Court rules on the FAR's fuzzy language

Joseph J. Petrillo

As the number of orders placed under Multiple-Award Schedule contracts continues to climb, so do the judicial and administrative decisions interpreting the process for placing orders.

A key component of the ordering process is the so-called Rule of Three. When placing an order of more than $2,500, Section 8.404 of the Federal Acquisition Regulation states that agencies should consider information from three sources offering the same item. The information could come either from the General Services Administration's online Advantage service or by checking the catalogs of at least three schedule contractors.

Special ordering procedures, such as for services, state that a request for quotations 'should be provided to three contractors' if the order will exceed $2,500.

Opinions differ in the contracting community over whether soliciting three sources is mandatory. Now, the Court of Federal Claims has spoken.

In Cybertech Group Inc. vs. United States, a long and tortuous case, one of the issues was the meaning of the pivotal 'should' in the FAR rule. The court interpreted the word as denoting 'a request or suggestion.' Supporting this view is the FAR's use of 'shall' as an imperative. So, 'should' makes the Rule of Three merely advisory, not mandatory.

That's a setback to those seeking to increase competition in schedule contracting. Or perhaps it's an opportunity. GSA must decide whether to stick with the nonbinding language or to require some minimum competitive effort.

If GSA doesn't modify the regulations, agencies may run into another obstacle. Schedule orders meet the requirements of the Competition in Contracting Act only if they meet government needs at lowest overall cost. Without a basis for comparison, how can an agency make a lowest overall cost determination?

Many agencies solicit multiple proposals for schedule contracts anyhow. To its credit, the Education Department solicited 26 bids from schedule contractors for 10 to 12 orders for student loan collection services.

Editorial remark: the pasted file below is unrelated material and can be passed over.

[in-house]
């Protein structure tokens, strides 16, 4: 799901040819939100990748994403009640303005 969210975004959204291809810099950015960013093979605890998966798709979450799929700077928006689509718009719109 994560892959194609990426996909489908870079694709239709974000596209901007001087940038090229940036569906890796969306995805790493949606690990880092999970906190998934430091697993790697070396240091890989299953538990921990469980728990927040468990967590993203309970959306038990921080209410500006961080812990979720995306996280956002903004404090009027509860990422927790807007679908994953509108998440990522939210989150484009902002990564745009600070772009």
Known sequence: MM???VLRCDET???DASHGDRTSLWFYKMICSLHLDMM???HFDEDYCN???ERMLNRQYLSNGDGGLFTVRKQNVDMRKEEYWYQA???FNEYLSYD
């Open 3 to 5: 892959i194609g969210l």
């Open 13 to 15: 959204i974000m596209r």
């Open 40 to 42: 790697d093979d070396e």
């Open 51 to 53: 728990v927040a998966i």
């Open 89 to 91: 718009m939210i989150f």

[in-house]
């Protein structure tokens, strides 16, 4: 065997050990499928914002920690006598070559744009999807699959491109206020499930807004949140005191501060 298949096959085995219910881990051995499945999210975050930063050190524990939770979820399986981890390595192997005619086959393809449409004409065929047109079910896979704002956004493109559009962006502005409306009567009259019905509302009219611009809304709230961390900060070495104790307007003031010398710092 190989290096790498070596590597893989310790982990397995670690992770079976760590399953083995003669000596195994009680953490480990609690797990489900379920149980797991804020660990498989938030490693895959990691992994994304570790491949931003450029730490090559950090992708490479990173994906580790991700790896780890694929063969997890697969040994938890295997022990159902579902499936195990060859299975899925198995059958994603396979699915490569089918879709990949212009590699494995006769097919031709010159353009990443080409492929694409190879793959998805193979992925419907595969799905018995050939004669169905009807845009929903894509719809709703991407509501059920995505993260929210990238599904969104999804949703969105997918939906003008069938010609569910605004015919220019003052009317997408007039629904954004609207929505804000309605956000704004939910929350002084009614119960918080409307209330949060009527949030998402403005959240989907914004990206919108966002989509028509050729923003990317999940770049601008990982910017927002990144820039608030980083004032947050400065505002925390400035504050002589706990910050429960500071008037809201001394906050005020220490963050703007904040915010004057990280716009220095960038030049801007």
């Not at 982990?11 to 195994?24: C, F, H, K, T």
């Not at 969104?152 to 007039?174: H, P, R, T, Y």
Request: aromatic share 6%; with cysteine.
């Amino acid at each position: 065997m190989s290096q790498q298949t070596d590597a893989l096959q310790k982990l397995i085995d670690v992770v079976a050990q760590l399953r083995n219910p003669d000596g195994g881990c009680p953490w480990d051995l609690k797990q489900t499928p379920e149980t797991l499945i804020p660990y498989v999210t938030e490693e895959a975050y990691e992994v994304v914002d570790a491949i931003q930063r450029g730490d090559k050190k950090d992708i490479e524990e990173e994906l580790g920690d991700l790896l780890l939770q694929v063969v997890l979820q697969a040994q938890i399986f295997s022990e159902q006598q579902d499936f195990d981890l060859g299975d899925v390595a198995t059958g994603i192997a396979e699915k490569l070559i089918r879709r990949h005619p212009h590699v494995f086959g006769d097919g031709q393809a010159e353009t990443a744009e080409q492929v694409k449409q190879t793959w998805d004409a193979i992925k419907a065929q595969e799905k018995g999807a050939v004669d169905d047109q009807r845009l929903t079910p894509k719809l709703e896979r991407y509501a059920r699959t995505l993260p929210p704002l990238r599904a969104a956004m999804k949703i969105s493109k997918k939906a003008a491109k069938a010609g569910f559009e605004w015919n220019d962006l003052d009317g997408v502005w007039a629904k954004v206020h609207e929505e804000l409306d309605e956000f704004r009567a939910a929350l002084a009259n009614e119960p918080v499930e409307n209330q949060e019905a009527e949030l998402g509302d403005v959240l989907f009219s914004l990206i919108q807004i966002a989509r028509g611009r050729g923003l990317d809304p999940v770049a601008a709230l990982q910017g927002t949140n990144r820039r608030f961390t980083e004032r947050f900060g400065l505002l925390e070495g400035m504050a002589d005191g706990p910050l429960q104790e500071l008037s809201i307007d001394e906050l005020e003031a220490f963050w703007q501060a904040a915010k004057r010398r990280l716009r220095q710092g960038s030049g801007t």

But Education failed to conduct a proper competition for those services, the General Accounting Office ruled in a recent decision on a protest brought by OSI Collection Services Inc. (I was the counsel for OSI, a division of Agilent Technologies Inc. of Palo Alto, Calif.)

The main problem arose in the evaluation of past performance. Some companies invited to compete were incumbents, already under contract with the department. The incumbents' performance was rated using a multifactor formula.

For incumbents, the solicitation stated that Education would review performance data it had on hand. As it turned out, only the incumbents with the top eight cumulative scores got orders.

But documentation showed the scores were virtually the only data used in evaluating the incumbents' performance. GAO found problems with the scores. The formula was built for a series of discrete periodic evaluations, not a cumulative evaluation. Education officials normalized the scores for each period to the best contractor's score. So the same performance in different periods resulted in widely fluctuating scores.

GAO faulted Education for what it termed an overly mechanical rating approach. It also found fault with comparing incumbents against nonincumbents.

Thus, the law of schedule buys continues to evolve.

Joseph J. Petrillo is an attorney with the Washington law firm of Petrillo & Powell. E-mail him at [email protected].


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